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Gestational Surrogacy

Gestational surrogacy is a fertility treatment option that allows a woman, called the gestational carrier, or gestational surrogate, to carry a baby on behalf of an individual/couple by transferring an embryo (derived from another woman’s egg) into her uterus using IVF.

Under this treatment, the gestational carrier makes no genetic contribution to the offspring.   They simply provide the womb for the development of the baby.

After the eggs are retrieved from the woman and fertilized with sperm, the embryo is allowed to grow and is then transferred into the surrogate’s uterus with a catheter according to standard IVF procedures.

When parents cannot provide suitable eggs or sperm, a donor may be used.

After birth, the gestational carrier agrees to give up any legal rights she may have over the newborn and the intended parents take over parental responsibilities immediately.

Gestational surrogacy is indicated for women:

  • Without a uterus or without a functional uterus
  • With underlying medical problems which could cause risks to mother or baby in pregnancy
  • With a history of multiple failed IVF cycles
  • With repetitive pregnancy losses

Gestational surrogacy may be used in conjunction with donor eggs to allow same sex couples and single men parent.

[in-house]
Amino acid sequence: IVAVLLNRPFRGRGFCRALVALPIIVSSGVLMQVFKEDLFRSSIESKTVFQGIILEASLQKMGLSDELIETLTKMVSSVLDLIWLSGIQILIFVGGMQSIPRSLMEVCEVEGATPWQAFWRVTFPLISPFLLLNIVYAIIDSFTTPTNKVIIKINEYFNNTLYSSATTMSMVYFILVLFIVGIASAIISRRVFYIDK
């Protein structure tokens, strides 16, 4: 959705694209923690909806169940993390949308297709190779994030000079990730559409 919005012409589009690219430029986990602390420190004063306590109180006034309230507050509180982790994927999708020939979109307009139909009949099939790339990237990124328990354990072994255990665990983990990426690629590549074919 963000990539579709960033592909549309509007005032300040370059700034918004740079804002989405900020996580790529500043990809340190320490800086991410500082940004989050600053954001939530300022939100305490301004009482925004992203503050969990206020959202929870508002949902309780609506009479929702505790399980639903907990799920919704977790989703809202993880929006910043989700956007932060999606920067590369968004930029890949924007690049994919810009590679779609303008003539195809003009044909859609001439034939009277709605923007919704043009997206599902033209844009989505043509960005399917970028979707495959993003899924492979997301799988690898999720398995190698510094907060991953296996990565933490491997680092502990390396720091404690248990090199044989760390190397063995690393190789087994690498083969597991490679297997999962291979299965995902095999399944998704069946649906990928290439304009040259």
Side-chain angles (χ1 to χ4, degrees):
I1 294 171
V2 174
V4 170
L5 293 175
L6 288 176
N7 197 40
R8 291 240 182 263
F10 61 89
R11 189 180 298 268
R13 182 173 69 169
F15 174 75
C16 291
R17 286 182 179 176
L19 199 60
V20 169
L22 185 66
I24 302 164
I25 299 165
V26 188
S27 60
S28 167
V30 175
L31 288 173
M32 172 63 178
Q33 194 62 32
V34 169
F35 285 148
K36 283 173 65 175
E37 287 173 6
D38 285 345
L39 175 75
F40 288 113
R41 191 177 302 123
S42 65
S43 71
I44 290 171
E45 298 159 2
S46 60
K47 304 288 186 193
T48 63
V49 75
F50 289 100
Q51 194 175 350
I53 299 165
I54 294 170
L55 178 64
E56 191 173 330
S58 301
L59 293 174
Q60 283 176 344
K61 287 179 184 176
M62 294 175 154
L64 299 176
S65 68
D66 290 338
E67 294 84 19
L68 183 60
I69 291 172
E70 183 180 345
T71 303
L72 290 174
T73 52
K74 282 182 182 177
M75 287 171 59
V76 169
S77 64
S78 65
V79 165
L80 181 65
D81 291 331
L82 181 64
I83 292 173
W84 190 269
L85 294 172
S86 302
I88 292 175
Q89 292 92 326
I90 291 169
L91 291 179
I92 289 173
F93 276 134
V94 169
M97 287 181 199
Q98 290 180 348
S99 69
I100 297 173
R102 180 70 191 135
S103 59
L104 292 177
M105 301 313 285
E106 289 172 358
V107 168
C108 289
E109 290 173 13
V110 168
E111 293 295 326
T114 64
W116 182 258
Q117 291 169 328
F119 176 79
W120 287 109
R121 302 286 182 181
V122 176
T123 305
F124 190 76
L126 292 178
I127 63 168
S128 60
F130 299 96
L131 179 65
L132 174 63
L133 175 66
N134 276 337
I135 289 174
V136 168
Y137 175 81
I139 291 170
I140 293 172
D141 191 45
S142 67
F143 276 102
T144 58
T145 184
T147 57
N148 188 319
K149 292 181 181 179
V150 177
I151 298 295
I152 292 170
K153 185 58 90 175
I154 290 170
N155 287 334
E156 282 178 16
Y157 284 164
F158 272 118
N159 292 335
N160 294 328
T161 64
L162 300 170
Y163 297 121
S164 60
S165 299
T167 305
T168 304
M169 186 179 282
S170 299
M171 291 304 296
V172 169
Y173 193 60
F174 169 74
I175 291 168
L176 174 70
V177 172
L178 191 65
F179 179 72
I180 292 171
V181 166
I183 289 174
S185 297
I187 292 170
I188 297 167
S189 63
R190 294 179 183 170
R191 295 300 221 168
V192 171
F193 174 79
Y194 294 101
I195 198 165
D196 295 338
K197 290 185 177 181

It is up to individuals or couples who want to pursue gestational surrogacy to suggest and introduce their own gestational carriers.   Gestational carriers, like egg donors and sperm donors, undergo a thorough screening, including medical and psychological evaluation, before starting IVF procedures.

The main risks are related to ovarian stimulation (ovarian hyperstimulation syndrome (OHSS)) for the egg provider, and to multiple pregnancies or pregnancy complications for the gestational carrier.

The success rate of Gestational Surrogacy can vary significantly since more than two people are involved.  Success can also depend on several factors, including the egg provider’s age, the quality of the male partner’s sperm and the coexistence of other fertility problems.

Canadian law prohibits the commercialization of gestational surrogacy including the payment of the gestational surrogate.



   
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